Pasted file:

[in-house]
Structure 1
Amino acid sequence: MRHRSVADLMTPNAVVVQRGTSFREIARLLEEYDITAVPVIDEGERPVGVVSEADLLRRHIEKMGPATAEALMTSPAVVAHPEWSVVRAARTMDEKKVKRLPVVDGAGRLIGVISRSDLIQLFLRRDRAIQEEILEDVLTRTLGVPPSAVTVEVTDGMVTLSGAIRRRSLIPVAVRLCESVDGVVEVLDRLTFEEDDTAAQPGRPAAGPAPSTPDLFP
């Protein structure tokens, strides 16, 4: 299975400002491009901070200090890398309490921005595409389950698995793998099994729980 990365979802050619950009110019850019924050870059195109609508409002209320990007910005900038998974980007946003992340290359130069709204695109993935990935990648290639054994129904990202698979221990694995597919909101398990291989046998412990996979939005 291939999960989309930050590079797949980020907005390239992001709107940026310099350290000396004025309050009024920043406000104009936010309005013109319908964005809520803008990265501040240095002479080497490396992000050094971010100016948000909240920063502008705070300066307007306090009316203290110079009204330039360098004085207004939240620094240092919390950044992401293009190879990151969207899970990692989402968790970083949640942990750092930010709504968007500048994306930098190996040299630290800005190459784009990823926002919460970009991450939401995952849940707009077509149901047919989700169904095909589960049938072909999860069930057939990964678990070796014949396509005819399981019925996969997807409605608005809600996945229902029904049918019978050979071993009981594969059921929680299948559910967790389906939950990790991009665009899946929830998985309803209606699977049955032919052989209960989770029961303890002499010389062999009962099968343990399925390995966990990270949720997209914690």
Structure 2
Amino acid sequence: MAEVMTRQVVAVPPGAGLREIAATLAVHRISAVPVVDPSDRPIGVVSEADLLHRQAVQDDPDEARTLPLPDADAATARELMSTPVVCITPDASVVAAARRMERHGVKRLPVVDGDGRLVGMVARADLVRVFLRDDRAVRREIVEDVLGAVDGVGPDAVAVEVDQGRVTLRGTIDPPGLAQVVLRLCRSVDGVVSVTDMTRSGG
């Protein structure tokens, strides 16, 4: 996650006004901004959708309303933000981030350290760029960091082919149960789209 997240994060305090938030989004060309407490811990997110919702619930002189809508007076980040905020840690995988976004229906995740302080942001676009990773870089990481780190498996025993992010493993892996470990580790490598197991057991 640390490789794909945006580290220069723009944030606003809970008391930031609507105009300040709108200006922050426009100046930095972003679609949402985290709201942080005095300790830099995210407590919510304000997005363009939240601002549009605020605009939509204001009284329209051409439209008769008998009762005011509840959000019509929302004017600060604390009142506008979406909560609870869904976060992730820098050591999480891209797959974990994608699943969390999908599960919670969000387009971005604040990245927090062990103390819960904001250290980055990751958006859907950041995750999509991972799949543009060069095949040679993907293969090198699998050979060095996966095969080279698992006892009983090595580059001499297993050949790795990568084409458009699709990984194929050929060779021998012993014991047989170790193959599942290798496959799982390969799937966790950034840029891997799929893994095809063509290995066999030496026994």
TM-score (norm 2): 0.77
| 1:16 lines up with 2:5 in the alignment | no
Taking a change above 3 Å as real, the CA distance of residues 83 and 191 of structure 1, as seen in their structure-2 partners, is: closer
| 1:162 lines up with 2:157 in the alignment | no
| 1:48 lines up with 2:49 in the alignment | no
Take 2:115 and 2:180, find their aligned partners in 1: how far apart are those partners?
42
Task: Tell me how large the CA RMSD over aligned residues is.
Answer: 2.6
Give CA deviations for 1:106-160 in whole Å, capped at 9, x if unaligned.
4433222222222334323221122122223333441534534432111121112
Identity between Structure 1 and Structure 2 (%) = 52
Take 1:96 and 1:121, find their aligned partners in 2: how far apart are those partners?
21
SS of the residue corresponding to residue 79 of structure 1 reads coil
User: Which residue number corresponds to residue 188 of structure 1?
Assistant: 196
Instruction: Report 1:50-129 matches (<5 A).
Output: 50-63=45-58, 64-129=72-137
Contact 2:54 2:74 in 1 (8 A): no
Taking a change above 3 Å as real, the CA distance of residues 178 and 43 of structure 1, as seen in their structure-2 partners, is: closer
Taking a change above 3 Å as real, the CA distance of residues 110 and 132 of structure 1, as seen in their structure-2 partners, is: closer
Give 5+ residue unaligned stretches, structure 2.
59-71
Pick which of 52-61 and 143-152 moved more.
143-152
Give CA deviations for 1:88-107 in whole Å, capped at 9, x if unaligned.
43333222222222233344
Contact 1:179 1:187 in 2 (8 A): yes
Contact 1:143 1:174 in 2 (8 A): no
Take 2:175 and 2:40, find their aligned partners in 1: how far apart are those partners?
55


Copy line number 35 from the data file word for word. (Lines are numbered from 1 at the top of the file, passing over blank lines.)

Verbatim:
43333222222222233344